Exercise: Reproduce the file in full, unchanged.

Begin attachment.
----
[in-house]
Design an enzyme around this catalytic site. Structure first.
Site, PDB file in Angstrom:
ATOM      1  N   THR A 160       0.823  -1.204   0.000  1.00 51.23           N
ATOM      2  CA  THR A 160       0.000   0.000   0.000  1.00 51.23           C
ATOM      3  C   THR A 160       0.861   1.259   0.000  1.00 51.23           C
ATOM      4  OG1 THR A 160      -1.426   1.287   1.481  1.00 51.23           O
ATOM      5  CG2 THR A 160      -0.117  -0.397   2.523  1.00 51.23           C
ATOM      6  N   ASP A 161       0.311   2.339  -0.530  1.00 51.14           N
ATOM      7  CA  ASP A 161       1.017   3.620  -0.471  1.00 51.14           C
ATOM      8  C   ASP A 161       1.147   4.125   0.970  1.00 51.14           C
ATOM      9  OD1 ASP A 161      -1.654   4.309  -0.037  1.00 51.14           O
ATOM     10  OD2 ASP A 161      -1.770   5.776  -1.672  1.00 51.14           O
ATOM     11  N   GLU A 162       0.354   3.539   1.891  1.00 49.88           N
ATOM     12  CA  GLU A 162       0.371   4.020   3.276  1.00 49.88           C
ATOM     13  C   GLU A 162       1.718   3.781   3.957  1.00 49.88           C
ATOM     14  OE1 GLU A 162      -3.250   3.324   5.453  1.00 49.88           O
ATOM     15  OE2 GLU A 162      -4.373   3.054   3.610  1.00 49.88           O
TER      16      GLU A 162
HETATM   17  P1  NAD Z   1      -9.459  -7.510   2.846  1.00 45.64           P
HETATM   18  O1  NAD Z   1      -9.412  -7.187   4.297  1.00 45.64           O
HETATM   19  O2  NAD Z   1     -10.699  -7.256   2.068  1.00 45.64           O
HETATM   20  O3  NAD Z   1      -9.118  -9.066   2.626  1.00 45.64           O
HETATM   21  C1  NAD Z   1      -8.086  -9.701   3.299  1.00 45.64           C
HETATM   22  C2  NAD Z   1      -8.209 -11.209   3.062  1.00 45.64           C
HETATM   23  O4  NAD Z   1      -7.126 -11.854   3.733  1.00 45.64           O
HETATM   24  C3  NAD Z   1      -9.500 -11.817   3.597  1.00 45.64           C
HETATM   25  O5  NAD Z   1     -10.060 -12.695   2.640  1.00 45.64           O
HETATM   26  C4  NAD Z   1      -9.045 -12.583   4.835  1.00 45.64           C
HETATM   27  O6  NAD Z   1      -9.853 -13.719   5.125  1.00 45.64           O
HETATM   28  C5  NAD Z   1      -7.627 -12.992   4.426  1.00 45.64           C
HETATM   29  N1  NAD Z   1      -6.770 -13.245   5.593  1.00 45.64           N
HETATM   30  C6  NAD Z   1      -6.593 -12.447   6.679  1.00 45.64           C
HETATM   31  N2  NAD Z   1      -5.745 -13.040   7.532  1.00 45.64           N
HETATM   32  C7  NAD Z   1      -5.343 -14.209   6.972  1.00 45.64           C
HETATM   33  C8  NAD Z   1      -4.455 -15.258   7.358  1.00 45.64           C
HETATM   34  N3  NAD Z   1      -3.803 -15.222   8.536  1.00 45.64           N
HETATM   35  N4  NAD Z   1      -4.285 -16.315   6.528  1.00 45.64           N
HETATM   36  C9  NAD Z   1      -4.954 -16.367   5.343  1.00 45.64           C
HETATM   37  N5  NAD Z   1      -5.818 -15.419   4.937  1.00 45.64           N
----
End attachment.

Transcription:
[in-house]
Design an enzyme around this catalytic site. Structure first.
Site, PDB file in Angstrom:
ATOM      1  N   THR A 160       0.823  -1.204   0.000  1.00 51.23           N
ATOM      2  CA  THR A 160       0.000   0.000   0.000  1.00 51.23           C
ATOM      3  C   THR A 160       0.861   1.259   0.000  1.00 51.23           C
ATOM      4  OG1 THR A 160      -1.426   1.287   1.481  1.00 51.23           O
ATOM      5  CG2 THR A 160      -0.117  -0.397   2.523  1.00 51.23           C
ATOM      6  N   ASP A 161       0.311   2.339  -0.530  1.00 51.14           N
ATOM      7  CA  ASP A 161       1.017   3.620  -0.471  1.00 51.14           C
ATOM      8  C   ASP A 161       1.147   4.125   0.970  1.00 51.14           C
ATOM      9  OD1 ASP A 161      -1.654   4.309  -0.037  1.00 51.14           O
ATOM     10  OD2 ASP A 161      -1.770   5.776  -1.672  1.00 51.14           O
ATOM     11  N   GLU A 162       0.354   3.539   1.891  1.00 49.88           N
ATOM     12  CA  GLU A 162       0.371   4.020   3.276  1.00 49.88           C
ATOM     13  C   GLU A 162       1.718   3.781   3.957  1.00 49.88           C
ATOM     14  OE1 GLU A 162      -3.250   3.324   5.453  1.00 49.88           O
ATOM     15  OE2 GLU A 162      -4.373   3.054   3.610  1.00 49.88           O
TER      16      GLU A 162
HETATM   17  P1  NAD Z   1      -9.459  -7.510   2.846  1.00 45.64           P
HETATM   18  O1  NAD Z   1      -9.412  -7.187   4.297  1.00 45.64           O
HETATM   19  O2  NAD Z   1     -10.699  -7.256   2.068  1.00 45.64           O
HETATM   20  O3  NAD Z   1      -9.118  -9.066   2.626  1.00 45.64           O
HETATM   21  C1  NAD Z   1      -8.086  -9.701   3.299  1.00 45.64           C
HETATM   22  C2  NAD Z   1      -8.209 -11.209   3.062  1.00 45.64           C
HETATM   23  O4  NAD Z   1      -7.126 -11.854   3.733  1.00 45.64           O
HETATM   24  C3  NAD Z   1      -9.500 -11.817   3.597  1.00 45.64           C
HETATM   25  O5  NAD Z   1     -10.060 -12.695   2.640  1.00 45.64           O
HETATM   26  C4  NAD Z   1      -9.045 -12.583   4.835  1.00 45.64           C
HETATM   27  O6  NAD Z   1      -9.853 -13.719   5.125  1.00 45.64           O
HETATM   28  C5  NAD Z   1      -7.627 -12.992   4.426  1.00 45.64           C
HETATM   29  N1  NAD Z   1      -6.770 -13.245   5.593  1.00 45.64           N
HETATM   30  C6  NAD Z   1      -6.593 -12.447   6.679  1.00 45.64           C
HETATM   31  N2  NAD Z   1      -5.745 -13.040   7.532  1.00 45.64           N
HETATM   32  C7  NAD Z   1      -5.343 -14.209   6.972  1.00 45.64           C
HETATM   33  C8  NAD Z   1      -4.455 -15.258   7.358  1.00 45.64           C
HETATM   34  N3  NAD Z   1      -3.803 -15.222   8.536  1.00 45.64           N
HETATM   35  N4  NAD Z   1      -4.285 -16.315   6.528  1.00 45.64           N
HETATM   36  C9  NAD Z   1      -4.954 -16.367   5.343  1.00 45.64           C
HETATM   37  N5  NAD Z   1      -5.818 -15.419   4.937  1.00 45.64           N